The image says it all, right? “Aint nobody got time for that!” The longer that I walk with Christ, the more convinced I am of this: we all need to be writing and rewriting commentaries on the Bible.
There are a couple reasons for this. First, it gets us into the text of Scripture. Second, it forces us to examine what is being said, and to ask the difficult questions of how it all fits together. Maybe you’re just starting out in Christianity, and you need to immerse yourself in the text, and begin to wrestle with the various points. Maybe you need to read it, and comment on the pieces that stick out. Maybe you are the seminary student who is learning Greek and Hebrew, and this is the perfect way to attempt to learn it more thoroughly. Maybe you’re the stay-at-home mother who finds in God’s word the consolation of peace and love. None of these things are in themselves correct or incorrect.
In reading the Bible, there are often thoughts that we have, things that stick out, that we simply say, “Hmm!” and keep reading. Write it down. In three years, when you look back through what you’ve written, you might find that you had a really good thought and that you didn’t even remember it.
In writing commentaries, there are a couple routes to go. There is the scholarly commentary that will wrestle with the Greek and Hebrew to attempt to get at the original words, and then from there comment what the text itself is saying. There are the commentaries that are more practical, which essentially means that they look for life application. There are commentaries that search for how the whole of the Bible fits together, and how this particular book fits within that whole. There are the commentaries that seek to find recurring phrases and sentences, and therefore cross-reference every verse with another verse that sounds similar. Obviously, some of these have overlap with one another.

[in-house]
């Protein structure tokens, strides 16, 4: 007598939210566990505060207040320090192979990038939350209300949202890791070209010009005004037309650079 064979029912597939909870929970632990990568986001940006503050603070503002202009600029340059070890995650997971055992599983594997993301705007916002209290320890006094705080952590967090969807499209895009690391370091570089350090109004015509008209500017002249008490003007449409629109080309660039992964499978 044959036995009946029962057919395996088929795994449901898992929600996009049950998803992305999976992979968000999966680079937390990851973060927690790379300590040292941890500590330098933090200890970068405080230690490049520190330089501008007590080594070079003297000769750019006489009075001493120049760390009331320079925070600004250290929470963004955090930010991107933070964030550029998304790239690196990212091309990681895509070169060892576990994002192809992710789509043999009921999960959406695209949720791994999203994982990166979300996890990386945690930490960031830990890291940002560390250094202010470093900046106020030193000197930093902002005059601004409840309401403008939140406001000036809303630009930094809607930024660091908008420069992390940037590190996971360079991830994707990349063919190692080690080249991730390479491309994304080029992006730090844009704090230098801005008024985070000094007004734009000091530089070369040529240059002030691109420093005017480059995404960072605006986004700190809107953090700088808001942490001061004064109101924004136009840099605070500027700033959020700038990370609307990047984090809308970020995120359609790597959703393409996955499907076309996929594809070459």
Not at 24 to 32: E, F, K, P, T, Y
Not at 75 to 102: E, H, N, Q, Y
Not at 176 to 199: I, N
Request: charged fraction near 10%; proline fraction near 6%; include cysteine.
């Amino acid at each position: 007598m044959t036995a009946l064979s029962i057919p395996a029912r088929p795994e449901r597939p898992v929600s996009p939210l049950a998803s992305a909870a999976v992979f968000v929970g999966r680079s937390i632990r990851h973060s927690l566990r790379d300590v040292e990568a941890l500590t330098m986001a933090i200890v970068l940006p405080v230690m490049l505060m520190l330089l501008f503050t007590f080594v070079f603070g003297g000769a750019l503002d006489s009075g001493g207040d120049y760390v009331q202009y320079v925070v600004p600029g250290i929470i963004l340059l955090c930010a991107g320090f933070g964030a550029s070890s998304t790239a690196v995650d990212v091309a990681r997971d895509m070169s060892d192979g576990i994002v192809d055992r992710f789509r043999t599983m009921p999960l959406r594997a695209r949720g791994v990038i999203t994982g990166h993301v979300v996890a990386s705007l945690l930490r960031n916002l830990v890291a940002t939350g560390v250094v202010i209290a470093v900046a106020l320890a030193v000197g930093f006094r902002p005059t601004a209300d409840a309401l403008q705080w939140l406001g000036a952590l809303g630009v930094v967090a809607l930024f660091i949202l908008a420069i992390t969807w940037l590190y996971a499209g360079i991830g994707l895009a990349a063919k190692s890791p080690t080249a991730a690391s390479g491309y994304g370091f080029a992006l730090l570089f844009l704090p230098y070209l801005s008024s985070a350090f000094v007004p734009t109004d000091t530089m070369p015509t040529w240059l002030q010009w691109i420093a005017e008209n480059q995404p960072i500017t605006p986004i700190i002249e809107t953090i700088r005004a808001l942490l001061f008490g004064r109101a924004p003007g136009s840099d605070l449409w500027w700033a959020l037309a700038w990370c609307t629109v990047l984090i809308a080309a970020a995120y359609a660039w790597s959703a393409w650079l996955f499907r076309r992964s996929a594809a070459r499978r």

There isn’t a correct or incorrect way of writing out commentaries. It is essential, though, for everyone to do it. Some passages of Scripture are just weird and difficult to explain (like Job 1). If we want to be serious about calling ourselves Christian, we must be about the text. We have to engage what it says. Even if it is difficult, we still need to know what it is saying and why. Not everyone will desire to get profoundly deep in their understanding. Not everyone has the capacity to. What is most important is this: falling in love with God because of the glory that emanates from the pages of His Holy Writ. If you’re in Leviticus and not finding anything worth saying, then skip it and move on. Maybe you will come back to it in a few years and have something to say. There is nothing wrong with this.
In writing out, or in podcasting, having Bible studies where we choose a certain book and go from beginning to end through it, etc, we are growing up into maturity. It is the difficult passages that help us grow, and not every passage that is difficult for you is difficult for others. There are certain things said by Paul that I have no clue what he is talking about. There are other things that I understand perfectly well, while others have confessed to me that they are at a loss. That’s fine. We all need one another, and this only proves it.
So, in conclusion, I want to challenge you to begin to write out your thoughts concerning the word of God. Maybe it is nothing “scholarly”, but just a mere journal of your thoughts as you read. Maybe you enjoy (like myself) to dig in as deep as possible to understand exactly what is being said in all pieces, and to ask why they are saying this instead of that, and why say it here instead of two chapters ago, etc. Wherever you’re at, whatever your preference, please, write about the Bible. I need it, you need it, and those who you know also need it.